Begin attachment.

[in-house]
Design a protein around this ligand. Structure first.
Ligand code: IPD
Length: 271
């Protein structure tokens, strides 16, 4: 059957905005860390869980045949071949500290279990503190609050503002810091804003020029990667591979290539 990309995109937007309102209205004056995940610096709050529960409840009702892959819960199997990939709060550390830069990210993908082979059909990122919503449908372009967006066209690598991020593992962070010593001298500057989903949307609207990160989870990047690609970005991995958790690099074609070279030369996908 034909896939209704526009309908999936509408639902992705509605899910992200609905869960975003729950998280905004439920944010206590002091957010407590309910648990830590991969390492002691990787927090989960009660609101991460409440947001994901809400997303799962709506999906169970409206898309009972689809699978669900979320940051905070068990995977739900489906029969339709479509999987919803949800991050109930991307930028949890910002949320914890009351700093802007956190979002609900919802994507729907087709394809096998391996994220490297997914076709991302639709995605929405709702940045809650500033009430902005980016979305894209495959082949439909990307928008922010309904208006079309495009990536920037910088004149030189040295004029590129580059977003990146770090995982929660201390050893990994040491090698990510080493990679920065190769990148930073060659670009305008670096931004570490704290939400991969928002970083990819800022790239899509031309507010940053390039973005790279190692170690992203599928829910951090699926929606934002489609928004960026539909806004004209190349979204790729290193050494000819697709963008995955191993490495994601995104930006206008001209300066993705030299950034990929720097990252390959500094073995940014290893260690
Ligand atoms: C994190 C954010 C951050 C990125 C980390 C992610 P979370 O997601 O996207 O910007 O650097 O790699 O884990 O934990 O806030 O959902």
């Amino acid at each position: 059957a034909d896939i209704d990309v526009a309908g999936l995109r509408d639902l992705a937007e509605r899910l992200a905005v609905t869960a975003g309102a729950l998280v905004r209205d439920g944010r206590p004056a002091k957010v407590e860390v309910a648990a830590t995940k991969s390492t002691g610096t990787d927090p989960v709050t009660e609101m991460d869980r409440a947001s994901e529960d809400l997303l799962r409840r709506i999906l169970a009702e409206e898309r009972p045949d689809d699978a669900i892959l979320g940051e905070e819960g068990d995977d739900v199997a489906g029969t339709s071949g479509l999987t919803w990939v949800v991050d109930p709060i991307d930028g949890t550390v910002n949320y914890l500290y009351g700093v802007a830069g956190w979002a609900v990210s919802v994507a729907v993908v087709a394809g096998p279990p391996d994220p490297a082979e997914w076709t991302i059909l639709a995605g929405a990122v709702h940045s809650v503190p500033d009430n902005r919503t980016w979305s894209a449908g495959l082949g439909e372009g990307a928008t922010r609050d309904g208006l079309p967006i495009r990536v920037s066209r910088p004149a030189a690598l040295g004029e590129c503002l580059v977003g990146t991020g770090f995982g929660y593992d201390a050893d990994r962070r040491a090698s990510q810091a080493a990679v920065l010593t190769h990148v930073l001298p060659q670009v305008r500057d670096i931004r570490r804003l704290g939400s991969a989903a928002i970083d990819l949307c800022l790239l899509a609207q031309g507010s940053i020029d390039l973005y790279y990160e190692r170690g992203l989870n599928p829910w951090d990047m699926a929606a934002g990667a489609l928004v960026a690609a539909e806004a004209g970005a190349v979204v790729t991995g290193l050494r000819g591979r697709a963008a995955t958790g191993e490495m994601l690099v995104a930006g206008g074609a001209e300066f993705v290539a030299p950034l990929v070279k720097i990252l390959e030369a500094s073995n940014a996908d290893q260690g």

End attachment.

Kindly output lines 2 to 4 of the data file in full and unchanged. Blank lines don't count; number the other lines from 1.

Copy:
Design a protein around this ligand. Structure first.
Ligand code: IPD
Length: 271